The DVLA Statistics on Driving Under the Influence of Drugs
DRIVING UNDER THE INFLUENCE OF DRUGS BECAME A CRIMINAL OFFENCE IN 2015.
The DVLA statistics released on prosecutions for driving under the influence of drugs paint a worrying picture.
It is illegal to drive if either:
1. You are unfit to do so because you’re on legal or illegal drugs
2. You have certain levels of illegal drugs in your blood (even if they have not affected your driving)
The penalty for causing death by dangerous driving under the influence of drugs is a prison sentence of up to 14 years.
When the drug driving law was introduced in 2015, it made it an offence to drive a vehicle on a road or public place whilst over a prescribed limit.
The law does not cover Northern Ireland but you could still be arrested if you’re unfit to drive.
Drink Driving vs Drug Driving
If you’re convicted of drug driving you’ll get:
A minimum of 1 year driving ban
An unlimited fine
Up to 6 months in prison
A criminal record
Your driving licence will also show you’ve been convicted for drug driving and this will last for 11 years.
If you’re convicted of Drink Driving there are variations but relative to "Being in charge of a vehicle while above the legal limit or unfit through drink" You could get:
3 months in prison
Up to a £2,500 fine
If you are convicted of "Driving or attempting to drive while above the legal limit or unfit through drink"
You could get:
6 months in prison
An unlimited fine
A driving ban for at least 1 year (or 3 years if convicted twice in 10 years)
A driving licence penalty will show between a 4 and 11 year period from the date of conviction for drink driving depending on the circumstances and alcohol in your blood and insurance companies are prepared to insure people after that time has lapsed, but convictions for driving under the influence of drugs remain on a driving licence for 11 years.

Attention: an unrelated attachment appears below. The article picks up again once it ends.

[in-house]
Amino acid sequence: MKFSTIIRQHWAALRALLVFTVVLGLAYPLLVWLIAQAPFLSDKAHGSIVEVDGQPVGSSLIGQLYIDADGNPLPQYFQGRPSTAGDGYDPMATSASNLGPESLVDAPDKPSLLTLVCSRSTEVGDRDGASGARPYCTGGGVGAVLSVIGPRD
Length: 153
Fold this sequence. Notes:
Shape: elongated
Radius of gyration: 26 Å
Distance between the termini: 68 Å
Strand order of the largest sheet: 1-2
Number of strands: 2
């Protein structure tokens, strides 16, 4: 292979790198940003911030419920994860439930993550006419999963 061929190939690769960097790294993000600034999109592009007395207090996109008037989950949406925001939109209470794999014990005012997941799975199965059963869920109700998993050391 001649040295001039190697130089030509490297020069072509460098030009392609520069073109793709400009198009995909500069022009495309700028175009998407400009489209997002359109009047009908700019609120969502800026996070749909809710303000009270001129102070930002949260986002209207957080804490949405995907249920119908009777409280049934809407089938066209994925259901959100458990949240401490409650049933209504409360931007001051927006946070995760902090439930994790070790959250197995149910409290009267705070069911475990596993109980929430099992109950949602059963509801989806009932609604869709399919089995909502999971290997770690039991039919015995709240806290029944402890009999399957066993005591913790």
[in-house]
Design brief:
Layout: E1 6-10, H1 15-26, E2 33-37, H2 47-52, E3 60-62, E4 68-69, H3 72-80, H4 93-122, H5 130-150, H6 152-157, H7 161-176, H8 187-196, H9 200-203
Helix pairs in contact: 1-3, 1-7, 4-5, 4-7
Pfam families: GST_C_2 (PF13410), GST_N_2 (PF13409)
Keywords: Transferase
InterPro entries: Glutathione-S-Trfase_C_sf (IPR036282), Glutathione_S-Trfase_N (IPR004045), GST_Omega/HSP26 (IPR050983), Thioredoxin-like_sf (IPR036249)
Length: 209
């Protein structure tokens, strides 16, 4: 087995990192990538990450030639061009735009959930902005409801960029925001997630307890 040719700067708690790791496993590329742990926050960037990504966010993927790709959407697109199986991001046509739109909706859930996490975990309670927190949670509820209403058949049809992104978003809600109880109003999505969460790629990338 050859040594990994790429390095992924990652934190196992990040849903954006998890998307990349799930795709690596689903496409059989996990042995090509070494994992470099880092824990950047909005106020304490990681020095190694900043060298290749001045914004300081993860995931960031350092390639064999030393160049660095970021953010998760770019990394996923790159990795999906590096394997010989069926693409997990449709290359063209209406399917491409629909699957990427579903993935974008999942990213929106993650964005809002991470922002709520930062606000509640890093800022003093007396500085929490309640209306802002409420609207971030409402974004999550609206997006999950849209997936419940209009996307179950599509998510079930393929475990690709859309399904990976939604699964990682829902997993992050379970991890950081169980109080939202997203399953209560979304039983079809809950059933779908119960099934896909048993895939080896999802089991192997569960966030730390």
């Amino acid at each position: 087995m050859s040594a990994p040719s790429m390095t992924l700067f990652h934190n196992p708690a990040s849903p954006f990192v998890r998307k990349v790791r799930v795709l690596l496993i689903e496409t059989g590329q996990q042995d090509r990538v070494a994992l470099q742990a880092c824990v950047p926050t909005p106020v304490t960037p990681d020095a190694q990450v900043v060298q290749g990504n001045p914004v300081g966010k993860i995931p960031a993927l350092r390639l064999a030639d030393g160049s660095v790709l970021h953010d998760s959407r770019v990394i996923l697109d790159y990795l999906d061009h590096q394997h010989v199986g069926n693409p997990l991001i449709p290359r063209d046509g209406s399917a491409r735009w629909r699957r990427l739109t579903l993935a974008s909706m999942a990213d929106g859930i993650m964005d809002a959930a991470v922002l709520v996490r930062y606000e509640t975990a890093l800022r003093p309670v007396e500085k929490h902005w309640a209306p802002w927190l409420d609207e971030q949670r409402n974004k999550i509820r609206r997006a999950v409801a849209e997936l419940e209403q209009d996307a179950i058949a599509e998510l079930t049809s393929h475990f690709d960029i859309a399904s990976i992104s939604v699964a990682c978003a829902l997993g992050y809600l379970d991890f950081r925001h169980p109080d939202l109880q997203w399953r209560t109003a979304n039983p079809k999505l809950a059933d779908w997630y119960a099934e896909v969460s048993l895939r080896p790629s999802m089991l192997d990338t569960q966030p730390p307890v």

Figures released under the Freedom of Information law show, that from a fifteen-month period commencing January 2018 there were 18,175 men banned from driving and 1,440 women, the eldest being 74 years of age.
In the same period, 78 people were prosecuted over the age of 60.
Statistics show that the number of people facing prosecution after being caught on drugs has almost quadrupled with convictions running at around 300 per week.
Unlicenced Drivers - No Insurance
Among those convicted were 44 teenagers aged 15 and 16 who were caught high on drugs at the wheel before they had taken their driving tests.
Drug-related offences in that period included causing death by careless driving, driving or attempting to drive with a drug level above the specified limit and being in charge of or driving a vehicle when unfit.